The great heritage of the healing art left to us by Krsna Atreya would have been lost to us but for the herculean task of his chief pupil Agnivesa who made a detailed record of the exposition which flowed from the benevolent lips of his preceptor Atreya. It was Agnivesa who codified the knowledge and arranged it in the form of a Treatise which forms the basis of what is now the Caraka Samhita. Krsna Atreya expounded the science of Kaya-Cikitsa to his six pupils among whom Agnivesa was one of outstanding intelligence. His intellect was superior to his co students and his treatise was applauded by the sages as the most authoritative.
� Thereafter Punarvasu, the most benevolent, moved by compassion for all creatures, bestowed the science of life on his six disciples. Agnivesa, Bhela, Jatukarna, Parasara, Harlta and Ksara- pani received the teaching of that sage.
All this has been declared to the foremost disciple by "Punarvasu, the Knower of Truth, who was free from the faults of passion and ignorance, in this discourse on the treatment of Pectoral Lesions and Cachexia.
Addressing himself to the six choicest of his disciples headed by Agnivesa, who were dedicated to study and meditation, the master, Atreya, declared as follows, with a view to stimulate inquiry.
It was the excellence of his own understanding and not any difference in instruction by the sage, whereby Agnivesa became the foremost compiler of the science.
Not only was he the most brilliant among the disciples but his compilation received the approval of the committee of experts which declared it to be the best of all and-ever since it became the authoritative text-book on the science.�
This brilliant author of perhaps the oldest written medical work was known as Hutasa or Hutasavesa and Vahnivesa Hutasa and Vahni are but the synonyms of Agni and the later authors substituted the synonyms for the purpose of variation in chapter 44 on fractures we find:
The Commentator Cakrapani while beginning the benedictory verse refers to Agnivesa by his synonym.
Agnivesa is referred to by his synonyms in Caraka Samhjta. In Siddhisthan 12th chap, verse 53 Agnivesa is referred to as Vahnives.
The Agnivesa-tantra originally consisted of 12000 verses.
Unfortunately Agnivesa-tantra in the original form is not available at present. That logically leads us to the question, as to the period till which the book was available.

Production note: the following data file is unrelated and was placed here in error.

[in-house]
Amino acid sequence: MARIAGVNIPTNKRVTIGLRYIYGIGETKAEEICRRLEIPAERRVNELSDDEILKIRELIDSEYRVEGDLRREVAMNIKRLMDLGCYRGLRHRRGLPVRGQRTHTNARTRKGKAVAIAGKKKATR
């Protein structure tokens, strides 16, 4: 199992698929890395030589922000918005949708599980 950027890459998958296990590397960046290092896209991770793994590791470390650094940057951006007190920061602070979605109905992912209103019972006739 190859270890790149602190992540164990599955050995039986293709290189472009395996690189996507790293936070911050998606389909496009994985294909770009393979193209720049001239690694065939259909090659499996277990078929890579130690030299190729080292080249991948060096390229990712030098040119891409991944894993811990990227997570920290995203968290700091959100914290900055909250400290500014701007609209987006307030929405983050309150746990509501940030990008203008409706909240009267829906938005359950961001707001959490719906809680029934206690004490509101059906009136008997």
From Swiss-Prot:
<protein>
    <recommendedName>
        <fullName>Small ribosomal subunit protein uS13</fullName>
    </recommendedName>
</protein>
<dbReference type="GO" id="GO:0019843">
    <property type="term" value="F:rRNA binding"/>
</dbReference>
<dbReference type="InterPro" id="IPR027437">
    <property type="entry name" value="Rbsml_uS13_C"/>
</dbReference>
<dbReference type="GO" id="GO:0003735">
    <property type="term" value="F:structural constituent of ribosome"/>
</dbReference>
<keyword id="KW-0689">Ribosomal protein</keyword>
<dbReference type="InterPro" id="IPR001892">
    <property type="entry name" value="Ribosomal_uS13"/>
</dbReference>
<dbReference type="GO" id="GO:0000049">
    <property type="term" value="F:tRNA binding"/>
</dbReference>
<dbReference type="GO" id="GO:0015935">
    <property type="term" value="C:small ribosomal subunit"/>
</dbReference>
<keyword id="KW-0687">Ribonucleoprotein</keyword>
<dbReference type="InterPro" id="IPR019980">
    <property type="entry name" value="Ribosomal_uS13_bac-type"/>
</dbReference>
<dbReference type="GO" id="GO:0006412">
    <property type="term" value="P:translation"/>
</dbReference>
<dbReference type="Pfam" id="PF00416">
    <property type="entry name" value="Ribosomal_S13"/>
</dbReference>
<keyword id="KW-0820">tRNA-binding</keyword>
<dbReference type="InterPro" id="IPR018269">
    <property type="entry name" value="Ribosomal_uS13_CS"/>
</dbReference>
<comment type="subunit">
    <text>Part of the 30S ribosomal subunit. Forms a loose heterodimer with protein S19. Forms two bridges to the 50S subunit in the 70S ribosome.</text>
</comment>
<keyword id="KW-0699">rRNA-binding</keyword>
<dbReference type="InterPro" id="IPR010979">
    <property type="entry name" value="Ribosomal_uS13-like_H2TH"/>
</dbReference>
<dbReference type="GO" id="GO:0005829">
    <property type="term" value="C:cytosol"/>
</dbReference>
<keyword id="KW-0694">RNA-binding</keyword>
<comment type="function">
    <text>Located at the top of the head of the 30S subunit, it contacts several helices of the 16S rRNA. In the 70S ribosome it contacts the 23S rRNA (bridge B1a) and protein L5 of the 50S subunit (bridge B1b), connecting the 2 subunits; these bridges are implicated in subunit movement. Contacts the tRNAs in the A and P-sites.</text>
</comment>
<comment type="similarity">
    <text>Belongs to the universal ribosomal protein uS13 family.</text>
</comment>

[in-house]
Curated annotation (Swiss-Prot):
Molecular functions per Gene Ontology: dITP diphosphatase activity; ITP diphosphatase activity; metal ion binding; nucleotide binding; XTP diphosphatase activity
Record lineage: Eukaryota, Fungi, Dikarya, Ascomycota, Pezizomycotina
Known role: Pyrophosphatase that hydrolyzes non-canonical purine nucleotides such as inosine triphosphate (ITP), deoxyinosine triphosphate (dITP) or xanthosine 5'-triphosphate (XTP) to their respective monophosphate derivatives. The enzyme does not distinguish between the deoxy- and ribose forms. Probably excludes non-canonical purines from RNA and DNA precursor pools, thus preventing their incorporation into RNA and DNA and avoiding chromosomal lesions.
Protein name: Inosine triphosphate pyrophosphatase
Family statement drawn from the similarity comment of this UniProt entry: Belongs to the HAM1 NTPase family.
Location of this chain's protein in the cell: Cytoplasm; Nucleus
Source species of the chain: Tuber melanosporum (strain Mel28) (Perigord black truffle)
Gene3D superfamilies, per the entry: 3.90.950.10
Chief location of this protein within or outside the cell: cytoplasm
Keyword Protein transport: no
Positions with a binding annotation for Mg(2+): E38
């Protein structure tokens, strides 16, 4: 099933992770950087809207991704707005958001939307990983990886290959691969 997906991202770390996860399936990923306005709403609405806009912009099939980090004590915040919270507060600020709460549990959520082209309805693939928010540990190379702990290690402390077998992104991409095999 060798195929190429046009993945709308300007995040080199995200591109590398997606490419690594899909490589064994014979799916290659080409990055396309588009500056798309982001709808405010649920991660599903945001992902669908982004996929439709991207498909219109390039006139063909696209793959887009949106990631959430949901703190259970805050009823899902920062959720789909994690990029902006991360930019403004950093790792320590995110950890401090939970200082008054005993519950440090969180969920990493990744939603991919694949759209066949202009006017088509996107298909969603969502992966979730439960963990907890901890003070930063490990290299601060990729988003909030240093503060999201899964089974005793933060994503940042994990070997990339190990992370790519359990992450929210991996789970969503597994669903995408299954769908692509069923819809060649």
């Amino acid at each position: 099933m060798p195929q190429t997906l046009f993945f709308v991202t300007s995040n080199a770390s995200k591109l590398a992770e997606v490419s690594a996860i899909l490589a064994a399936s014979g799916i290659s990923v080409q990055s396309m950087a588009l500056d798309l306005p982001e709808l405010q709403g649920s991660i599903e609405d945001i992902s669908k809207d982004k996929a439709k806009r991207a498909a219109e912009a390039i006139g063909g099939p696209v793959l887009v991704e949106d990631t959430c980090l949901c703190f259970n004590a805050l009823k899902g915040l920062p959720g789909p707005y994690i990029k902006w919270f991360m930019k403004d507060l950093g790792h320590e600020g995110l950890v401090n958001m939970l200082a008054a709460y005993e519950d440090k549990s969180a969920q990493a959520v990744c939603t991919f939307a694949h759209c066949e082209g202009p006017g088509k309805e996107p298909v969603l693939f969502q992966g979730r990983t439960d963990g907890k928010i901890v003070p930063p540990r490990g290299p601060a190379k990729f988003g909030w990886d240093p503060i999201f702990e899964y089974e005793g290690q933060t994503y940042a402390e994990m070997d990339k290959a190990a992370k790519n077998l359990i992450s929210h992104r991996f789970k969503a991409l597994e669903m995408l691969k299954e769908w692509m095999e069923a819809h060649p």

Indnkara�������� the commentator of Astanga Sangraha writes_______ this statement has led many to believe that Caraka�s life came to an end before he could complete the redaction of Agnivesa-tantra. But this theory is untenable, because throughout the Caraka Samhita we find at the end of each chapter
this means that Caraka redacted the whole of Agnivesa-tantra,
����������� The following statement of Drdhabala has led some people
to think that Agnivesa-tantra was not available in his time
�He added seventeen chapters in the section on therapeutics as also the two sections of Pharmaceutics and Success in Treatment in entirety, by culling his data from various treatises on the science.
�The seventeen chapters and the sections on Pharmaceutics and Success in Treatment in the treatise composed by Agnivesa and revised by Caraka have not been found.��
But such an assumption can be easily set aside. The argument put forward is that he mentions having taken from many other books, and Agnivesa-tantra is not specifically mentioned. But we must not forget that Didbabala is a redactor As we have seen, redaction is the progressive revision of the original text. Additions or omissions can be made according to the progress in the science madeduring that period Natuially the author has to consult all new books for such redaction He has to move with the times and be in constant touch with the changing. He was not a mere commentator who had just to make the text lucid He was a redactor and as such he consulted all available treatises in order to revise and make the text up-to-date The basic text which was to be redacted need not be mentioned as such as it is to be taken for granted as the basic text on which the super-structure was constructed.
Again, the verse quoted above means no more than this that the redacted portion of Caraka is not available and it is only by a stretch of unwarranted assumption that we can construe it as mean�ing that Agnivesa tantra was not available. A slight linguistic ambi�guity in the verse has however, caused this confusion. If the reading were��������� the ambiguity would not have occurred.
In the Siddhi-sthana 4th chapter, Didhabala describes the meeting of the learned sages under the presidentship of Atreya. Unless we take this to be a mere conventional way of writing in those days, we must conclude that Agnivesa-tantra was available in Didhabala�s time.
There is difference of opinion as regards the portion of section on therapeutics, that have been restored by Didhabala. This creates a problem as to which 17 chapters were restored by Drdhabala. A critical examination of this question by thrashing out all available internal and external evidence indicates that the original text of Agnivesa existed as the basic text for Drdhabala and that a certain portion of the redacted text of Caraka was not available.
The style and language of the original texts of Agnivesa, Caraka and Drdhabala can be distinguished on minute examination of the text. Now, we find that there is a mixture of the styles and diction in nearly all the chapters and hence one is led to the natural conclusion that Agnivesa-tantra did exist in the time of Drdhabala,